“True,” Ike said, his smile faltering a little. “Well, you’re a nice girl. Interesting get-up. Weren’t you born in 1953?”
|Daddy, the Peugeot, and friends|
I was, but I can wear whatever I want in my own reverie. I would have backed all the way into the nineteenth century, if I weren’t conflicted about the whale oil.
“Don’t mind me. You can wear whatever you want in your own reverie. Now,” Mr. Eisenhower went on, putting a hand on my shoulder and fanning the other towards the swirl of traffic below. “Have a look. It’s my Interstate Highway System,” he said. “Do you like it?”
It looked pretty scary, tell the truth. I edged a bit further into the past. “I don’t rightly know, Mr. Eisenhower,” I said. “I reckon I can purt’ near walk just about anywhere I’ve a mind to. And if there is somewhere I need to get to in a hurry, why, I can just ride my old donkey. I have a whacking stick to get ‘er going with, too.” I did, but I couldn’t bring myself to use it. Don’t tell Mr. Eisenhower, but I’d just carry it under my arm and bounce up and down on my ass, going unhh, unhh, unhh. If the donkey felt like going somewhere, off we’d go. It was good enough.
“You’d never use a donkey-whacking stick,” he said, reading my mind again. “You’re not the type. Try my Interstate Highway System instead. You’ll love it. In no time at all you won’t know what you did without it.”
I transferred the goose quill to my other ear. “I don’t know,” I said. “I guess I don’t see the point. Everything I need is right nearby.” More important, I am uneasy about taking on something I’m currently quite capable of living without, and then not being able to live without it. Seems burdensome. Pick up too many things you can’t live without, it seems like you’re setting yourself up for a flame-out. Autopsy results indicate she died from a lack of an ATM, wasabi peas, and early internet withdrawal, compounded by the end of Boston Legal reruns. I gave Mr. Eisenhower an apologetic look. “It’s so busy and loud. I don’t know how to drive.”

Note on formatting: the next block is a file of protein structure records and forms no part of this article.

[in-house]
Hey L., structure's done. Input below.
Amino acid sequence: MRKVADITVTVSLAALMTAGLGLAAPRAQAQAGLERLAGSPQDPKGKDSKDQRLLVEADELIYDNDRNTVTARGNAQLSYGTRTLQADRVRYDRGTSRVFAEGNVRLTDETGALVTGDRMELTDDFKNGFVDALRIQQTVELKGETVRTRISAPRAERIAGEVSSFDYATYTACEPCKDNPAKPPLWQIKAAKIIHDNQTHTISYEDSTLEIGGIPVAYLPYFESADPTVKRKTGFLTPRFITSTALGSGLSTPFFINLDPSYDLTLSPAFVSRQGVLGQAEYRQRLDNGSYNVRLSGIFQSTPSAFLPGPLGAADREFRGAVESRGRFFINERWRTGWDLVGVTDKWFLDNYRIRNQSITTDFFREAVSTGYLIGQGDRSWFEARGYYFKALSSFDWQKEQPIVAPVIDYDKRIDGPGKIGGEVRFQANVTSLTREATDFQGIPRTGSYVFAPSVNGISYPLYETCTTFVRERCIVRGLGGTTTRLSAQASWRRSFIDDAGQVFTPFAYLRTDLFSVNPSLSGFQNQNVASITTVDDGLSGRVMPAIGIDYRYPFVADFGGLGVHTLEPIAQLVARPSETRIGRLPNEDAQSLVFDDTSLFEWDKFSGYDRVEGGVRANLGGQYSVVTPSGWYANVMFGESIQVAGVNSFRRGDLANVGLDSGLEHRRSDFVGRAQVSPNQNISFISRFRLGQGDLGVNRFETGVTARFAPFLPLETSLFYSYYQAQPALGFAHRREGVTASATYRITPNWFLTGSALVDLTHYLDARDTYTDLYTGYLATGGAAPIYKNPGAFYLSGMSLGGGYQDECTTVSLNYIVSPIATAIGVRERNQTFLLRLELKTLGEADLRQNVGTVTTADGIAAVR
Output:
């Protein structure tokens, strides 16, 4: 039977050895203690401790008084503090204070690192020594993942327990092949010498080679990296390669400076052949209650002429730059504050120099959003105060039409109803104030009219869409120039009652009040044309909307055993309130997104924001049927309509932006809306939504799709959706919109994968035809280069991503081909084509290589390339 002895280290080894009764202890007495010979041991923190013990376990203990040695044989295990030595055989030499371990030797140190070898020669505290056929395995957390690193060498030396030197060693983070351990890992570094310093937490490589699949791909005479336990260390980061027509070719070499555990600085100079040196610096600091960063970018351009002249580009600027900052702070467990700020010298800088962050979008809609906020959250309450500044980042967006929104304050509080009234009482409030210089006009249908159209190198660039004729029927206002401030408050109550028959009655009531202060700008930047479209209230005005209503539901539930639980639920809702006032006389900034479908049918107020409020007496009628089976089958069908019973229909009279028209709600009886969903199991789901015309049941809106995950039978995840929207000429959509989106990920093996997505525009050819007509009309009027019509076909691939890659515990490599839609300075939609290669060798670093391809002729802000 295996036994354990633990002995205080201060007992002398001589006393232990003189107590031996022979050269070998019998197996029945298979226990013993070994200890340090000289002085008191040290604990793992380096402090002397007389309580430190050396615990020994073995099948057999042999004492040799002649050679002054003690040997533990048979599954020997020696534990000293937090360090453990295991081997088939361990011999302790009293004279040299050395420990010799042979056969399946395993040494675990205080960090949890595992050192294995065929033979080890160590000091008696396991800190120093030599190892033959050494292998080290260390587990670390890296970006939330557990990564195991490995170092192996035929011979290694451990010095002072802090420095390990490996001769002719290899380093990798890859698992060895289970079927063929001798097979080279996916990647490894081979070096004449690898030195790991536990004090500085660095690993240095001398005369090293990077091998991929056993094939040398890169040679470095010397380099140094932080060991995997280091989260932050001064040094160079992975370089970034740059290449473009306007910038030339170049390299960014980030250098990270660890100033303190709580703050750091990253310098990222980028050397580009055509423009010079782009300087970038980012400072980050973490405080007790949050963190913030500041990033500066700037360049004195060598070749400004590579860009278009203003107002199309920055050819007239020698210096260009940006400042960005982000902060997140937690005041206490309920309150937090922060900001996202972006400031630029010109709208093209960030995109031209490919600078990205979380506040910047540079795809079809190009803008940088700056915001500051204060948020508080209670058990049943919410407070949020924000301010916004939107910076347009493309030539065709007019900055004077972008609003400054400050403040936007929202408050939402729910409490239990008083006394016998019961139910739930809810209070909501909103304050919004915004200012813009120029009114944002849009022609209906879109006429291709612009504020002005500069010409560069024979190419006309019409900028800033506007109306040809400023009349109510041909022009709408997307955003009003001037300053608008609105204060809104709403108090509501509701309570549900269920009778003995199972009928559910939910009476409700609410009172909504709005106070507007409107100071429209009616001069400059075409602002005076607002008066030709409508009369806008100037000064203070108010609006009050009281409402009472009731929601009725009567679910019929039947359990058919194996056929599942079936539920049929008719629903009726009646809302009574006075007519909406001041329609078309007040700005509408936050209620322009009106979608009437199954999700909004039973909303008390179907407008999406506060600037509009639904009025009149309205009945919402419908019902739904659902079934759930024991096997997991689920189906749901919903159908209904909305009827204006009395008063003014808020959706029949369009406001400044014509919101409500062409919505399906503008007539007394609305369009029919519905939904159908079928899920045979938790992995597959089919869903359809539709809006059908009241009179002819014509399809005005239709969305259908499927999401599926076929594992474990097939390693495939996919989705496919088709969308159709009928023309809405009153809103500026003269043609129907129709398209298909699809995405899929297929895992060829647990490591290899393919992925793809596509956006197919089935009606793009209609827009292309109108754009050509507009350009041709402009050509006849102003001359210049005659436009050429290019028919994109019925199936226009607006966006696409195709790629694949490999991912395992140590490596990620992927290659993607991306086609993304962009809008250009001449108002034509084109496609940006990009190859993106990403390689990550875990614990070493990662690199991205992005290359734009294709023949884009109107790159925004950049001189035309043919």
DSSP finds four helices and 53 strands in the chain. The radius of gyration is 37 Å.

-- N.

“Nothing to it.” Mr. Eisenhower opened the door to a big, shiny car. It might have been an Olds. I sensed a cosmic raised eyebrow from my father, but I couldn’t help but look inside. At least it was a standard transmission; that wasn’t Republican. I got in and sat down, smoothing my dress over the bench seat. There were no seat belts, and plenty of room for the donkey. “I don’t know,” I repeated.